The only legitimate objection politicians could possibly have had to the Queensland Bill is their belief that life is sacred and that suffering provides an opportunity for death-bed conversion and salvation.
The question is, is it legitimate for a politician to inflict their religious convictions on to constituents who do not share their views?
Imagine if a politician was considering whether a bridge should be built in her electorate and she held a firm view about where it should be located – perhaps somewhere convenient to where she lived. In this case, expert opinions would be sought, engineers reports ordered and town-planners consulted. Of course, there would also be a public consultation process.
Imagine if the expert reports determined that the politician’s preferred location was completely unsuitable – and that 80 per cent of her electorate wanted the bridge located at the site suggested by the experts. It would be politically judicious for the politician to put aside her personal preference (and graciously accept she was wrong).
But, if, instead, she went to parliament and dismissed the expert reports, raised “concerns” written by parties with a vested interest in locating the bridge at her preferred location, and made verifiably false allegations about the safety of the site preferred by experts, she would be in egregious breach of her ethical responsibilities.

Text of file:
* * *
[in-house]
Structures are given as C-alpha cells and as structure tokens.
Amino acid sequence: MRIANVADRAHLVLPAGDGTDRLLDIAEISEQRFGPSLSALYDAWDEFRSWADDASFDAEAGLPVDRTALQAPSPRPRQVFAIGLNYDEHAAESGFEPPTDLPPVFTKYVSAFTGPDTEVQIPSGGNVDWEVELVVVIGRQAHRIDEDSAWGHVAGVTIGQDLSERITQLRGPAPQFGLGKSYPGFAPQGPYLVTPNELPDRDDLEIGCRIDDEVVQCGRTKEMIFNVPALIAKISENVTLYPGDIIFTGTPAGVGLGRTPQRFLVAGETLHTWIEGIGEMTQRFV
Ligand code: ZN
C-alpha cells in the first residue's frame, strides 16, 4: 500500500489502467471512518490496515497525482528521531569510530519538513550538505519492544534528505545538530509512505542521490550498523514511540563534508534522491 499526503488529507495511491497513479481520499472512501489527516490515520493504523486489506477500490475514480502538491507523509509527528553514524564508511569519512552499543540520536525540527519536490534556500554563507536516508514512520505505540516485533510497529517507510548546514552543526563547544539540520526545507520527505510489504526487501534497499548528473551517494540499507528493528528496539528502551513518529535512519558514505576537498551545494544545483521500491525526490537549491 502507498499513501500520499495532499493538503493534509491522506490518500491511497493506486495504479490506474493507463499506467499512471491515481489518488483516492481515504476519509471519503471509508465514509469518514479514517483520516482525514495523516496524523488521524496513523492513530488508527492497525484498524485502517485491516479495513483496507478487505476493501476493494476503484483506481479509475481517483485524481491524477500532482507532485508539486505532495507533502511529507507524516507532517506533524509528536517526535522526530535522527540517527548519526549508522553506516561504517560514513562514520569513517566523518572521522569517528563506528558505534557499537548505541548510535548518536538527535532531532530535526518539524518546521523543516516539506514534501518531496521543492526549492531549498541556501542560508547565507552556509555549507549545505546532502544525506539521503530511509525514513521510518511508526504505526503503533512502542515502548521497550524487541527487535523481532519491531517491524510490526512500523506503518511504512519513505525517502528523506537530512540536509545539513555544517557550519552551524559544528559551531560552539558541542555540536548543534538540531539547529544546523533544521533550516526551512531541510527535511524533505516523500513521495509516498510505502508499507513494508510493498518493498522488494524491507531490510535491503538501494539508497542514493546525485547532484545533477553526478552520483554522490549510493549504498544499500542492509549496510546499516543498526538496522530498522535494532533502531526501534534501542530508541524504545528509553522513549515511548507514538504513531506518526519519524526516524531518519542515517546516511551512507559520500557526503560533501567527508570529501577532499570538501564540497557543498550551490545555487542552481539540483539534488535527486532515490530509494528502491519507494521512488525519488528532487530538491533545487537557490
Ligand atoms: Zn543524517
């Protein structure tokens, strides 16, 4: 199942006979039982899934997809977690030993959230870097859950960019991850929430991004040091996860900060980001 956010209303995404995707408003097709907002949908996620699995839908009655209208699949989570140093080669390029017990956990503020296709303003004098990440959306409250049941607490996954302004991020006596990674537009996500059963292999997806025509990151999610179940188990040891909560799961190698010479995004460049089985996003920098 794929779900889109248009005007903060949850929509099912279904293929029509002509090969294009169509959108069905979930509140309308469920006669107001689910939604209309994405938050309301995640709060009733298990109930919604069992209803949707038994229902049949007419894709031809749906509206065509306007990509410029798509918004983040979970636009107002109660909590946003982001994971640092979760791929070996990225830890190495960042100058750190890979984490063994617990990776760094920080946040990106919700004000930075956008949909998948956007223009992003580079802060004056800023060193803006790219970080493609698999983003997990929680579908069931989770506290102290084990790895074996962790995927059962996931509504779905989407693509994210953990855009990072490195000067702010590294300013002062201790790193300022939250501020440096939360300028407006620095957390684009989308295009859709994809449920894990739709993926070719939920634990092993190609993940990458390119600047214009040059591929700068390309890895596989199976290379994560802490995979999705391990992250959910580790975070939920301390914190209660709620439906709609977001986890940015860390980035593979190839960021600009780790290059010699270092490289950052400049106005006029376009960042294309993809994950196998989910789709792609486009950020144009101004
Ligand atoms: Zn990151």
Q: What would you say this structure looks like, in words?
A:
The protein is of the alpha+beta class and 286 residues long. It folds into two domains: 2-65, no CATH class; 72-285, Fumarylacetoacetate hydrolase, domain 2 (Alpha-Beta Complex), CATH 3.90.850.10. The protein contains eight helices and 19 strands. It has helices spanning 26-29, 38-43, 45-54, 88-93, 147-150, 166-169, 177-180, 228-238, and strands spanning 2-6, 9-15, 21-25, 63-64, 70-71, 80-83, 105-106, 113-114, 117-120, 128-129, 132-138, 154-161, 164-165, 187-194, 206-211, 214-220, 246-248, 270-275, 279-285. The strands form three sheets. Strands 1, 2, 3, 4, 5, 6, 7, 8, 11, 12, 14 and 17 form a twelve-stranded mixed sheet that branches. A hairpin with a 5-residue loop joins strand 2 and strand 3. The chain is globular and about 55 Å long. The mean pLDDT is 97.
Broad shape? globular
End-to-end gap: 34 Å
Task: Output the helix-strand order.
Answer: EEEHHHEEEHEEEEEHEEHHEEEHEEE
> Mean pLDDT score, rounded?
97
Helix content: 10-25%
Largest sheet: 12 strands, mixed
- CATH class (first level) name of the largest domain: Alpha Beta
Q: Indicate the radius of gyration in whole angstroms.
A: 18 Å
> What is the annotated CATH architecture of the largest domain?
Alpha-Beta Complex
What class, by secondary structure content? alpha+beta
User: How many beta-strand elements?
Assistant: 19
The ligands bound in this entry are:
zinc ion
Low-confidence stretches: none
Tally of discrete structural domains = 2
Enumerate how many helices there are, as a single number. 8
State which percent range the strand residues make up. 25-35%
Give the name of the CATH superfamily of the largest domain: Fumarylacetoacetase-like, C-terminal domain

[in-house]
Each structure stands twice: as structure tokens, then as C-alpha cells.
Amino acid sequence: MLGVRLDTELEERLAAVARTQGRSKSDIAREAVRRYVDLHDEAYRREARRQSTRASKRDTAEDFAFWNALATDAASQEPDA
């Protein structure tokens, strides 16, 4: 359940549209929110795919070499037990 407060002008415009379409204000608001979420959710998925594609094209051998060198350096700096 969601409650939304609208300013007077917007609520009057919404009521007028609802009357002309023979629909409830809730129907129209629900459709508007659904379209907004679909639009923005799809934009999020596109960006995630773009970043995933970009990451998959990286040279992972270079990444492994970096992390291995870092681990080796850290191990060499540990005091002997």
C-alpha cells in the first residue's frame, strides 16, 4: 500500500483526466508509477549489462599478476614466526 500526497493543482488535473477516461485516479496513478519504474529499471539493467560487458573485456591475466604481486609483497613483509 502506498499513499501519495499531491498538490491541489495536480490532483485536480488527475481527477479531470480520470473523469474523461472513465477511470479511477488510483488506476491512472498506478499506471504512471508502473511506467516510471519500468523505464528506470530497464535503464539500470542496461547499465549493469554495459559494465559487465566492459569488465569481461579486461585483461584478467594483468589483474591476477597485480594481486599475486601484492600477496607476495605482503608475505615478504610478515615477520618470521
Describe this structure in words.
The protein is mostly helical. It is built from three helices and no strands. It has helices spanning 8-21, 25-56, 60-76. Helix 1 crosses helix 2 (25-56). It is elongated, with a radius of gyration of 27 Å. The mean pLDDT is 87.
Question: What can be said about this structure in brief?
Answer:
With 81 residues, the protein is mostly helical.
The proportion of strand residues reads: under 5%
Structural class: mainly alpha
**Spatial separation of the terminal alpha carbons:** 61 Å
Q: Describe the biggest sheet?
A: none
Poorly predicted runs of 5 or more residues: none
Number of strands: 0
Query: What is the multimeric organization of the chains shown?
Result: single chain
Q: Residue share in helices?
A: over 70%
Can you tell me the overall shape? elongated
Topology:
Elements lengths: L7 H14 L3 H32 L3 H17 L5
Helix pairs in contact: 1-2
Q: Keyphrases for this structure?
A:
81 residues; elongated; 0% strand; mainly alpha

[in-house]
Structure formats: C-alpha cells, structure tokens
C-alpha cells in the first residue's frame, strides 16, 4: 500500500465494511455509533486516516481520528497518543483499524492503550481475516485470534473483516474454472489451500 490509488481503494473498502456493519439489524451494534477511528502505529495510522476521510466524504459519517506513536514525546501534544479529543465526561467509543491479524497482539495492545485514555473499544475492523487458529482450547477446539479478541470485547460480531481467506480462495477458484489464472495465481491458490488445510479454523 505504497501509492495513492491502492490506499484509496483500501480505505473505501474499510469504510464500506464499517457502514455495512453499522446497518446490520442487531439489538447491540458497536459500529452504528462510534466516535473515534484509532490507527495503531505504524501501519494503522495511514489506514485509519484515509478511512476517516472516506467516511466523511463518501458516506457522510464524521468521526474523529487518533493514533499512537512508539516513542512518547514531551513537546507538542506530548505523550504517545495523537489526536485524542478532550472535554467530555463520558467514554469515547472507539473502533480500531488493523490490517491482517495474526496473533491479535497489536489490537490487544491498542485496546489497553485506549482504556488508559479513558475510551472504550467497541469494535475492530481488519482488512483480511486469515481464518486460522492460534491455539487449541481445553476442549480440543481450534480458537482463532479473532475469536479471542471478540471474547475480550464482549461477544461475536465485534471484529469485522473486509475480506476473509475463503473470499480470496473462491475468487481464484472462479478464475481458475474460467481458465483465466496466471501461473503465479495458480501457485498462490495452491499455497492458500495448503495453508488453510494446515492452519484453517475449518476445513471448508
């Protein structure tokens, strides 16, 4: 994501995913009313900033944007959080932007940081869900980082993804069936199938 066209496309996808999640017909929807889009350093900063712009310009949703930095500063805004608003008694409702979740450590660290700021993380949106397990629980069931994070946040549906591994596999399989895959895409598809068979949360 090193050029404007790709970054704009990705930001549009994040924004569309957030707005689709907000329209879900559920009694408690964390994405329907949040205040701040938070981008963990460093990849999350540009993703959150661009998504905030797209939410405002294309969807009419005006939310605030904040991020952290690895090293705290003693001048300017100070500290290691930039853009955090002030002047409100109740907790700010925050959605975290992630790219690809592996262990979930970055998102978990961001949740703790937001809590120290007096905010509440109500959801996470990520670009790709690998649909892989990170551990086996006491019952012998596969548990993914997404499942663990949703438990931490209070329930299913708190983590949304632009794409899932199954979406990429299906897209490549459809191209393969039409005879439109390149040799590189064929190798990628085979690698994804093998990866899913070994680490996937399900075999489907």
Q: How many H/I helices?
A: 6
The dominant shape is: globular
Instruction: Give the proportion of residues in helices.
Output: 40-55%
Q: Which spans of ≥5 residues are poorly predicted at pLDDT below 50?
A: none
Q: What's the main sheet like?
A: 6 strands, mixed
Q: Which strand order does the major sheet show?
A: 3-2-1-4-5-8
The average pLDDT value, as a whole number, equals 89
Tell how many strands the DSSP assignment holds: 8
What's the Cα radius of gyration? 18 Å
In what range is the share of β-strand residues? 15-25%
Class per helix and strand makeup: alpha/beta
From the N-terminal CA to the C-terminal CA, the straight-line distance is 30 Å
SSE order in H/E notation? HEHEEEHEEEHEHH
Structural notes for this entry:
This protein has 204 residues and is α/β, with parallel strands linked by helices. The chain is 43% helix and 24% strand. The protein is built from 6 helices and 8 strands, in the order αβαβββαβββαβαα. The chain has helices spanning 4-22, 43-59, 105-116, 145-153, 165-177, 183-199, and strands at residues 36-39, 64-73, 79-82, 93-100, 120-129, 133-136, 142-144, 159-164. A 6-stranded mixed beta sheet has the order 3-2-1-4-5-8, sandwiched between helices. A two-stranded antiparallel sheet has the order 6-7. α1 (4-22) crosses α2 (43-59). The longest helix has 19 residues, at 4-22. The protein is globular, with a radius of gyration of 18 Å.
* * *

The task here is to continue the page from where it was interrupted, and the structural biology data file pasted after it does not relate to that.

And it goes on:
Yet, that is exactly what happened in the Queensland parliament this week. Politicians are entrusted with representing the reasonable views of their electorate. And yet, repeatedly, we saw politicians standing up and blatantly betraying the people they were elected to represent.
It should be no surprise to anyone that the majority of those who said “No” to Queensland’s voluntary assisted dying bill were from the LNP. But this was no political objection. The vast majority of politicians who opposed the bill have firmly held, conservative, religious views which they privileged above the wants and needs of their constituents.
As politicians discussed their voting intentions this week, I did some investigation about the reasons behind those “No” votes.